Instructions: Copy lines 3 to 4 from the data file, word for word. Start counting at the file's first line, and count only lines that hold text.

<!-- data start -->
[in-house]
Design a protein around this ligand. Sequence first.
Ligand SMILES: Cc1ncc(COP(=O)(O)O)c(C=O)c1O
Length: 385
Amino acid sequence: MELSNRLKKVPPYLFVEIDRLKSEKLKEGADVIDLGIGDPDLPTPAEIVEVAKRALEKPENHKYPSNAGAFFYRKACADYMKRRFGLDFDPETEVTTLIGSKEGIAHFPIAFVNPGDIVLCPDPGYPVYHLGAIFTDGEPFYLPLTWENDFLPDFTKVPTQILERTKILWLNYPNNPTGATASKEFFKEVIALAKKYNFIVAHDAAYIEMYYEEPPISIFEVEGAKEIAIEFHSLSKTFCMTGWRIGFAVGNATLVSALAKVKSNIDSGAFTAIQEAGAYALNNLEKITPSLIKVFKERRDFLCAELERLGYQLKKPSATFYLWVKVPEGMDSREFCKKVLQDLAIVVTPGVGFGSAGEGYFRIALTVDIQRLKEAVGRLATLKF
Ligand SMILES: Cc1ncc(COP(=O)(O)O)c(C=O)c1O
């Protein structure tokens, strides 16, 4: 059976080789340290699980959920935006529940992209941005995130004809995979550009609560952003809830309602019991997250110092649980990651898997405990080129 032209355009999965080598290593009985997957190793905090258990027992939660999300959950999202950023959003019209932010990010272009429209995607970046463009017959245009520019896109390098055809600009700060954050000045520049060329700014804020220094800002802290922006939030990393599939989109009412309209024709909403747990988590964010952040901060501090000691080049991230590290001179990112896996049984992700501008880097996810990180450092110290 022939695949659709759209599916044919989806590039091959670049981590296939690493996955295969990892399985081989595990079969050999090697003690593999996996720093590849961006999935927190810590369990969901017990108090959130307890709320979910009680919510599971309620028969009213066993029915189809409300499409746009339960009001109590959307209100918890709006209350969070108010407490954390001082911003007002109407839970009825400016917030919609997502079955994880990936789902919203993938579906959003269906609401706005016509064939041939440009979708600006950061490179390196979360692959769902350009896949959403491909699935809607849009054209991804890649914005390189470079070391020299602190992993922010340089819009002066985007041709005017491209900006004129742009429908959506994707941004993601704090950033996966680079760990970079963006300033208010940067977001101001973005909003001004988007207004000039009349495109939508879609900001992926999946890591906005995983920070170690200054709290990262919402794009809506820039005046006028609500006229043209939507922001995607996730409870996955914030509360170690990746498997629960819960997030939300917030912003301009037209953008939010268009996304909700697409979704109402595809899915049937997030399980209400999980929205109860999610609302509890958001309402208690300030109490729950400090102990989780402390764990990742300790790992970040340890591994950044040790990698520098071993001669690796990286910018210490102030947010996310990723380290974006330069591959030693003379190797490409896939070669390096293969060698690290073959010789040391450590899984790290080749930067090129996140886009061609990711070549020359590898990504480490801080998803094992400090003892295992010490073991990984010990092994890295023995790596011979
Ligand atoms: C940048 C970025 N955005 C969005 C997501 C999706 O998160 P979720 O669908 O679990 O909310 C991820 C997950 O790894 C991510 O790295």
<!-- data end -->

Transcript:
Ligand SMILES: Cc1ncc(COP(=O)(O)O)c(C=O)c1O
Length: 385